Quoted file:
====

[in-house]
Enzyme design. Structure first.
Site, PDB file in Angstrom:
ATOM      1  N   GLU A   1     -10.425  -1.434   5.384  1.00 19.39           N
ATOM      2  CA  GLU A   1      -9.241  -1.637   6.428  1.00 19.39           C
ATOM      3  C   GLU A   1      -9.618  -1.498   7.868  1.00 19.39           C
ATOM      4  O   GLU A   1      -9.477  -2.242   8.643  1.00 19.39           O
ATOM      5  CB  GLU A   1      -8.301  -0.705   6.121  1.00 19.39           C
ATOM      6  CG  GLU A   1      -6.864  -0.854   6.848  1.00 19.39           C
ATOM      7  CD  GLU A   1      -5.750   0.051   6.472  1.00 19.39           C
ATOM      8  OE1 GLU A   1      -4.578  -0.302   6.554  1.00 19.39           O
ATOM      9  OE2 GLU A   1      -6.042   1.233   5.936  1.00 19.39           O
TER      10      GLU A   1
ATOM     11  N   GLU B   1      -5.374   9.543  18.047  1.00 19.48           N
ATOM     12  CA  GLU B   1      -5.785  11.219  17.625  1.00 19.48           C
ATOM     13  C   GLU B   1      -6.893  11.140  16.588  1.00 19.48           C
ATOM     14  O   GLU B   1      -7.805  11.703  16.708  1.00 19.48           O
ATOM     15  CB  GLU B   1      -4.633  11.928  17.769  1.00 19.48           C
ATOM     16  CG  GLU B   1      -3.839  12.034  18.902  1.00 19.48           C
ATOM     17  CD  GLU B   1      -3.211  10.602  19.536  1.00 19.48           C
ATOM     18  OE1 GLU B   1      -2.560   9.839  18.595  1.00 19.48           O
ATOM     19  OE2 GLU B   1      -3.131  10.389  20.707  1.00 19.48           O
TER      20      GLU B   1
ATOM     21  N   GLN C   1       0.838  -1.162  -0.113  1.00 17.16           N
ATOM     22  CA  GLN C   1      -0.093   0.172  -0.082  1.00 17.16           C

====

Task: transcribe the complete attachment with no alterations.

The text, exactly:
[in-house]
Enzyme design. Structure first.
Site, PDB file in Angstrom:
ATOM      1  N   GLU A   1     -10.425  -1.434   5.384  1.00 19.39           N
ATOM      2  CA  GLU A   1      -9.241  -1.637   6.428  1.00 19.39           C
ATOM      3  C   GLU A   1      -9.618  -1.498   7.868  1.00 19.39           C
ATOM      4  O   GLU A   1      -9.477  -2.242   8.643  1.00 19.39           O
ATOM      5  CB  GLU A   1      -8.301  -0.705   6.121  1.00 19.39           C
ATOM      6  CG  GLU A   1      -6.864  -0.854   6.848  1.00 19.39           C
ATOM      7  CD  GLU A   1      -5.750   0.051   6.472  1.00 19.39           C
ATOM      8  OE1 GLU A   1      -4.578  -0.302   6.554  1.00 19.39           O
ATOM      9  OE2 GLU A   1      -6.042   1.233   5.936  1.00 19.39           O
TER      10      GLU A   1
ATOM     11  N   GLU B   1      -5.374   9.543  18.047  1.00 19.48           N
ATOM     12  CA  GLU B   1      -5.785  11.219  17.625  1.00 19.48           C
ATOM     13  C   GLU B   1      -6.893  11.140  16.588  1.00 19.48           C
ATOM     14  O   GLU B   1      -7.805  11.703  16.708  1.00 19.48           O
ATOM     15  CB  GLU B   1      -4.633  11.928  17.769  1.00 19.48           C
ATOM     16  CG  GLU B   1      -3.839  12.034  18.902  1.00 19.48           C
ATOM     17  CD  GLU B   1      -3.211  10.602  19.536  1.00 19.48           C
ATOM     18  OE1 GLU B   1      -2.560   9.839  18.595  1.00 19.48           O
ATOM     19  OE2 GLU B   1      -3.131  10.389  20.707  1.00 19.48           O
TER      20      GLU B   1
ATOM     21  N   GLN C   1       0.838  -1.162  -0.113  1.00 17.16           N
ATOM     22  CA  GLN C   1      -0.093   0.172  -0.082  1.00 17.16           C